Herbert C. Jackson

 Hammond Bay

Herbert C. Jackson was built in 1959, is 690 feet long and flies a U.S. flag

Edward H. (current)

Click below to hear her whistle on October 26, 2011

Click here for other pages featuring the Herbert C. Jackson
20090908_2877The Herbert C. Jackson was built in 1959 at River Rouge Michigan as a straight deck carrier and was converted to a self unloader in 1975. She was also converted from burning coal to burning fuel oil. The Jackson is 690 feet long with a cargo capacity of 24,300 tons. She has been owned by the Interlake Steamship Company in Cleveland, Ohio since she was built and was named for Mr. Herbert Cooper Jackson, a vice-president at Picklands Mather Co. She was given a stern-thruster at Fraser Shipyards in Superior, Wisconsin. She has been coming to Duluth around 15 times a season for many years, often bringing  limestone in and loading grain or coal for her down bound cargo.  Picture above taken September 8, 2009.
2013
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Above, loading grain at the Cargill elevator on June 21, 2013
2011
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Above, she loads grain at Riverland Ag (formerly Cargill) on May 17, 2011; below, in the Duluth harbor on April 11, 2011
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Above and below, arriving Duluth October 26, 2011
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2009
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Picture above taken June 18, 2009
2008
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Picture above taken June 28, 2008


2007
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Picture above taken July 15, 2007
2006
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Picture above taken December 4, 2006
2005
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Picture above taken Monday, December 12, 2005
2004
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Above, arriving under the Duluth Aerial Lift Bridge on January 5, 2004
2002
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About to depart Duluth: Picture above taken  August 12, 2002; below, clearing the Duluth break wall on Monday, August 26, 2002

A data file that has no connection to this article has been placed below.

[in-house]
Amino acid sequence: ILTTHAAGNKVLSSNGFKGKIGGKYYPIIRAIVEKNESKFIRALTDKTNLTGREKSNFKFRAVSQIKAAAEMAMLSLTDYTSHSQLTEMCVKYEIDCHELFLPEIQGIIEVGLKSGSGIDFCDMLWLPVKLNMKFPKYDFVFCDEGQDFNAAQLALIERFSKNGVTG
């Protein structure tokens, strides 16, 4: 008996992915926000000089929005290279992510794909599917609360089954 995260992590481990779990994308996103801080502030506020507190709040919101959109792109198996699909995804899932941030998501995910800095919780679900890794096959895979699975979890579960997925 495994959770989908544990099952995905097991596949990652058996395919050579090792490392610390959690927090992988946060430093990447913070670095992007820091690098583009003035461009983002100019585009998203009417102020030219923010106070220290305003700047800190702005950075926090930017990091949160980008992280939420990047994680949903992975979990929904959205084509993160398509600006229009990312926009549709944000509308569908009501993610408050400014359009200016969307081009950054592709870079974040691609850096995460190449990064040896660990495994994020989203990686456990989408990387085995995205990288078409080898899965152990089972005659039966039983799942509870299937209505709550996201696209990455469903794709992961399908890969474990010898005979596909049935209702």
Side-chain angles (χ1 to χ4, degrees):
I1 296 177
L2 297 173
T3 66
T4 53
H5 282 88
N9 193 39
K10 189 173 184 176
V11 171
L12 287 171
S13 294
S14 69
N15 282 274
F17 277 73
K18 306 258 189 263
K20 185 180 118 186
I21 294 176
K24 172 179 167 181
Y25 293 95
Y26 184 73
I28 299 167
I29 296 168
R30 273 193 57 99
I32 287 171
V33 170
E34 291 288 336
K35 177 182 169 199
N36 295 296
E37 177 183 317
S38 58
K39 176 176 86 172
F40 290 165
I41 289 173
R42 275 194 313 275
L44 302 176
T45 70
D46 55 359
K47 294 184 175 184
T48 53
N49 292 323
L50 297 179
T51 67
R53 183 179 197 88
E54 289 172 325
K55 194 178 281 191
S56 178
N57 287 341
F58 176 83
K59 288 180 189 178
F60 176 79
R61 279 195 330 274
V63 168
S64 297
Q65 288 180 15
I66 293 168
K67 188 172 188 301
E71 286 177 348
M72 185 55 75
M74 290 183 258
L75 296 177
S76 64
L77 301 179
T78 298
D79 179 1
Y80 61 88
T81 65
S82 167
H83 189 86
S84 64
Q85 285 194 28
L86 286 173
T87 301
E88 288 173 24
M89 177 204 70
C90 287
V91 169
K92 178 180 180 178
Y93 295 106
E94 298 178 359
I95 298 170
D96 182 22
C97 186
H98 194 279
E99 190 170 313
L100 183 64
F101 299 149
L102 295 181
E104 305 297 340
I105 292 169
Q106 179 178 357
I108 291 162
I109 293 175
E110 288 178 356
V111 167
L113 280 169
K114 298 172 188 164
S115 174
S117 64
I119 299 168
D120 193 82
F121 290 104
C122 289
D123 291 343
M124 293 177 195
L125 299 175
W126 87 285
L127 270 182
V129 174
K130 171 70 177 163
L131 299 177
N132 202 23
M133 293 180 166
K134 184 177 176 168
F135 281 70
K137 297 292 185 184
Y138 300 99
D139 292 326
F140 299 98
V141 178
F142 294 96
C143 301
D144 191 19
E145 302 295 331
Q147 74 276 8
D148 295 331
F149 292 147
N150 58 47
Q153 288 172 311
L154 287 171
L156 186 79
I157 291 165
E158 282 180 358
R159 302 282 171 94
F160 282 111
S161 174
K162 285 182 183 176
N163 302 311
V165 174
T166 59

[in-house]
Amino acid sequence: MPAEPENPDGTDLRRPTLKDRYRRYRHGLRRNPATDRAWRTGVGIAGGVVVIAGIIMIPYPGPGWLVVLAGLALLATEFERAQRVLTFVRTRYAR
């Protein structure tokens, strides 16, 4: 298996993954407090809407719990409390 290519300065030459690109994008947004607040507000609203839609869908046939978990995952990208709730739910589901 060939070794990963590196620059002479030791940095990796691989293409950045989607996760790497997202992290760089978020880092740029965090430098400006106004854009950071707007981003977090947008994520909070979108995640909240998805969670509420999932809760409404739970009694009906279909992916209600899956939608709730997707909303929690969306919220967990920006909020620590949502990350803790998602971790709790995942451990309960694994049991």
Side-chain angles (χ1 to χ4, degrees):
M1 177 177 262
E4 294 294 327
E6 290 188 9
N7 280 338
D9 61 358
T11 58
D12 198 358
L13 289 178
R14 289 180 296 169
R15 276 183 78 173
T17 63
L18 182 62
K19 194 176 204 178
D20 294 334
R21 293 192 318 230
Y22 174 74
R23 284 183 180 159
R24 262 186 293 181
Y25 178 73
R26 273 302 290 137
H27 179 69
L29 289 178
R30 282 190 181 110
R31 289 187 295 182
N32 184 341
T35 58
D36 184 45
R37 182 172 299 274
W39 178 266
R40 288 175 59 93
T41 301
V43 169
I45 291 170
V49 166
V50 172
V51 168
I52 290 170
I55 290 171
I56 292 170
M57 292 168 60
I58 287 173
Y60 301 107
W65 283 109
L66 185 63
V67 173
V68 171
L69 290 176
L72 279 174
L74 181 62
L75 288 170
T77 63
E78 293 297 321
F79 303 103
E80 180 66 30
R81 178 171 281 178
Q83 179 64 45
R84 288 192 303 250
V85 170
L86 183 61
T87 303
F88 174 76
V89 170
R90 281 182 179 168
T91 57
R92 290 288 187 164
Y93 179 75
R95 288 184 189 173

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2000
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Picture above taken Friday, October 13, 2000
1999
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Picture above taken  October 11, 1999

Comments

  1. Personally, I think the former Reserve and Buckeye resembled the Fitz much more, thanks to their similar pilothouse design. The fact they had the same owner and paint scheme has something to do with it I’m sure.

  2. To the Edmund Fitzgerald

  3. I think it was the e g grace that was the sister ship

  4. Any update on when the Jackson will start sea trials?

  5. D R Harrison says:

    http://wjbk.images.worldnow.com/images/24855339_BG1.jpg

    The Jackson collided with the River Rouge Drawbridge on May 12, 2013.
    The bridge operator was intoxicated.
    and lowered onto the ship.

  6. In regards to what Suzanne wrote, according to the book “Requiem for the Toledo Express” by Raymond Ramsay*, the Herbert C Jackson was hull number 302 produced at Great Lakes Engineering Works in River Rouge, MI. Great Lakes Engineering Works also produced hull 301, Edmund Fitzgerald, and hull 303 Arthur B Homer. I was really hoping that someone would chime in here on the same matter to shed some more light.

    *Naval Architect at Great Lakes Engineering Works, and worked on the building of the Edmund Fitzgerald.

  7. Tristin (loves ships) says:

    Sadly along with the John J. Boland and John G. Munson, the Herbert C. Jackson is sitting docked at port waiting for taconite demand to rise possibly on the verge of long term layup. 🙁

  8. Tristin (loves ships) says:

    This year I was fortunate enough to see this grain vessel come into port.

  9. Guodzilla says:

    They do indeed look alike, but I haven’t found any information saying they are, so unfortunately, I doubt it.

  10. Great whistle!

  11. She looks so much like the Edmund Fitzgerald. Weren’t they almost sister ships along with the Arthur B. Homer?

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